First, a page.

How to Handle a Reactive Dog

Written by: Kassie Dickson, CDBC, CPDT-KA

As a behaviour consultant and trainer I am often asked about reactivity. Here are a few answers to more commonly asked questions the Chief Paw Officer - Kayo, at Super PawBox has been receiving!

How Can You Tell If a Dog Is Reactive?

When we talk about reactivity what we are typically talking about is a dog that has an overreaction to novel external stimuli. Which simply means the dog “reacts” in an undesirable way to things like people, other dogs or animals, bikes, cars, movements and even noises.

Typical presentation of reactivity is barking, lunging, and abnormal body language directed at a “target” stimulus. So a dog that barks and lunges when rollerbladers pass, or a loud vehicle passes would be what most consider a “reactive dog”.

How Do I Train My Dog To Be Less Reactive?

The most important thing in working with a reactive dog is to find the underlying reasons or emotions behind the reactivity. Reactivity isn’t aggression, they are not mutually exclusive. Reactivity can stem from a lot of places, most commonly we see fear and frustration as the underlying reason your dog may be reacting.

Paying attention to your dog’s behaviour history also matters as past behaviour is the best predictor of future behaviour, so the more your dog has the opportunity to “practice” reactivity the longer it can take to help your pup overcome the underlying emotional response.

So, my top suggestions:

Find a Qualified Professional To Help, Virtual or In Person!

A qualified trainer or behaviour consultant will point you in the right direction and be able to help you through struggles with constructive change! They can help to teach you more about reading your dog’s body language and the environment in order to better understand how your dog feels and in turn, help you change and reduce reactivity.

Management: The Key To Behaviour Change

By implementing appropriate management, you can help to avoid triggers keeping your dog under threshold and able to learn. Try to keep them comfortable and avoid their underlying emotion. Most often, this looks like keeping our distance! This isn’t always possible but management helps to make things easier on both you and your dog.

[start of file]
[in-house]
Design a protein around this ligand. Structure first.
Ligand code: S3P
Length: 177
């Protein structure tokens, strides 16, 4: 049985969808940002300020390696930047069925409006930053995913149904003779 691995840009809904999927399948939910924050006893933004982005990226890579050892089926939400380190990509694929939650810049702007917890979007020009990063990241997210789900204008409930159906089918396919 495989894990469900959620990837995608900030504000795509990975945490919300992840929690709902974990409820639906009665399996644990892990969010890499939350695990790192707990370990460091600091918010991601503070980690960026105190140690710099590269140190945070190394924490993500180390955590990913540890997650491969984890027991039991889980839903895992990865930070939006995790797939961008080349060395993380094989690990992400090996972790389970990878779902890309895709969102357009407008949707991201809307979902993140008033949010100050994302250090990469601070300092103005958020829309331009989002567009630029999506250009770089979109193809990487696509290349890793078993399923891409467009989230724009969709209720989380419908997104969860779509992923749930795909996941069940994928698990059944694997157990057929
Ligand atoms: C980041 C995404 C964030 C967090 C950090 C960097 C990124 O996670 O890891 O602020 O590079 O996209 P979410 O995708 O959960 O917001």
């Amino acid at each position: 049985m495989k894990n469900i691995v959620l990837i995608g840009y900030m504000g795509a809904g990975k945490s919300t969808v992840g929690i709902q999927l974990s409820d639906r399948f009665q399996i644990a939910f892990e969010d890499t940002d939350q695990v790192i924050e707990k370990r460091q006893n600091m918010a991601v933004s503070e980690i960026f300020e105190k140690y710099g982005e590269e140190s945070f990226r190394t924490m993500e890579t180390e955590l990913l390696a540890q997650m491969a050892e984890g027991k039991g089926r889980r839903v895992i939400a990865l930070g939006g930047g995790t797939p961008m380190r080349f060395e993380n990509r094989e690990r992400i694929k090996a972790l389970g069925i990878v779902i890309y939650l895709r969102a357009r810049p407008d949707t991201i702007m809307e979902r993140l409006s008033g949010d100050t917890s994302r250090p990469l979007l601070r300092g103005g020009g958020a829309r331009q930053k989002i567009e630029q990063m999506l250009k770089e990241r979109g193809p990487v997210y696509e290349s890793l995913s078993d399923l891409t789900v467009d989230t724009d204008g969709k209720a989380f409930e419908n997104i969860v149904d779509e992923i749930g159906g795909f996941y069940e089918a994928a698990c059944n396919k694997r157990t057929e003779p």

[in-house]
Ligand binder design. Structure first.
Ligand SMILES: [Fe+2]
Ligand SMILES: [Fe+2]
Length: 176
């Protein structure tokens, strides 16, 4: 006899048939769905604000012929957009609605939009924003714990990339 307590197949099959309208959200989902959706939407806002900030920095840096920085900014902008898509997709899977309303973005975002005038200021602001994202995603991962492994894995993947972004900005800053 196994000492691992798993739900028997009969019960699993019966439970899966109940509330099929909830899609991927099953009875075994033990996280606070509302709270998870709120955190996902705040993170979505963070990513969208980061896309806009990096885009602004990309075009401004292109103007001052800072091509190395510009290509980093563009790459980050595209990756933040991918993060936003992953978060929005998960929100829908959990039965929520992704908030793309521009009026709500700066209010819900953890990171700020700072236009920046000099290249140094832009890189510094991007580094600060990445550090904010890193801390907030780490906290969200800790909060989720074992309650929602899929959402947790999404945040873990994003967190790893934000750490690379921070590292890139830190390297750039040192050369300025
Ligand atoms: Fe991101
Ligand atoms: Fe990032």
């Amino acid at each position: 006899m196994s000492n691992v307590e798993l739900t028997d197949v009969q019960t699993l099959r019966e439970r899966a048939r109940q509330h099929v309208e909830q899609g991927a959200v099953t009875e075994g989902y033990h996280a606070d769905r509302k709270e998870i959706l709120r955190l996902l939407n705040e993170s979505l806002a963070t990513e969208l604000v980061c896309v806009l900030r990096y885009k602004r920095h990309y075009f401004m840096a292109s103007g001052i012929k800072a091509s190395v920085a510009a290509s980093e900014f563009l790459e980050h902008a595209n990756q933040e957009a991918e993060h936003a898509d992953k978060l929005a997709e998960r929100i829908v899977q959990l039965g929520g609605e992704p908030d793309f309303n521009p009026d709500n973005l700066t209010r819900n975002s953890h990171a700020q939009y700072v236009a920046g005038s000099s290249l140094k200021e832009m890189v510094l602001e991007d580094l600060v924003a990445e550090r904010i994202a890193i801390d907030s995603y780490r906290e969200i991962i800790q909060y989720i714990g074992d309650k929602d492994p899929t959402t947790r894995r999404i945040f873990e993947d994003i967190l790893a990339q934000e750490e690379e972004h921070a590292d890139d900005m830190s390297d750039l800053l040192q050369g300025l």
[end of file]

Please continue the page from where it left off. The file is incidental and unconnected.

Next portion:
Protocols are most often training exercises or “emergency” maneuvers that your consultant will teach you in order to help keep your dog under threshold and help change the underlying emotional response your dog feels when they see their trigger. Often these are widely known protocols and effective ways to help your pup. For example “emergency U-Turns” help you and your dog to get out of situations that may put your dog over the threshold.

Management protocols like a different walk route or the time of day that walk takes place, can help to manage your dog’s reactivity. There are even protocols to help you and your dog avoid trigger-stacking and keep you both calm and collected! Enrichment protocols and even decompression protocols will help you in all aspects of behaviour and training.

How Can I Manage a Leash-Reactive Dog?

Leash reactivity, often also referred to as “barrier reactivity” is a dog that may have difficulty as soon as they’re on-leash. This is because the leash creates a “barrier”, meaning it stops your dog from getting to things they want while also stopping them from getting away from things they don’t want to interact with. Barrier frustration can be difficult as the underlying reason is different for every dog and often different between triggers.

Your living environment can also play a large role for your dog. If you have a dog that displays leash reactivity with other dogs and if you live in a highly dog populated area, your dog may already be over-threshold as soon as they get outside on leash, so there are many ways to manage this while you find a trainer to help you!

  1. Avoid triggers
  2. Walk at quieter times of day
  3. Keep your distance when you see triggers
  4. Jump in your car and travel to somewhere with less triggers for your dog
  5. Implement other methods of enrichment: like sniff games, puzzles, and chew time
  6. Never punish reactivity by yanking on the leash, yelling, or forcing a sit or down; instead, gain distance and reward your pup when they see their trigger to better address the underlying emotional response

If you want to introduce your leash reactive dog to other pooches, take your time, go at your dogs pace, implement “buddy” walks with their dogs pals while under threshold, use long lines. To help reduce frustration, keep it short, safe, and rewarding. Find a consultant who can help walk you through appropriate greetings!

Can Dogs Grow Out of Reactivity?

Unfortunately, reactivity isn’t something your dog will just “grow out of” or “get used to” but it can be something your dog displays only in certain situations or during certain learning phases in their life. It’s important to create positive associations with your dog’s “triggers” if you happen to encounter reactivity, but much like anxiety or fear that a person could have, it is not something that just “goes away”. It can require a change of environment or a management and intervention plan.

If you do have a reactive dog, know that there is hope and it can be managed and oftentimes overcome! Read more from us.



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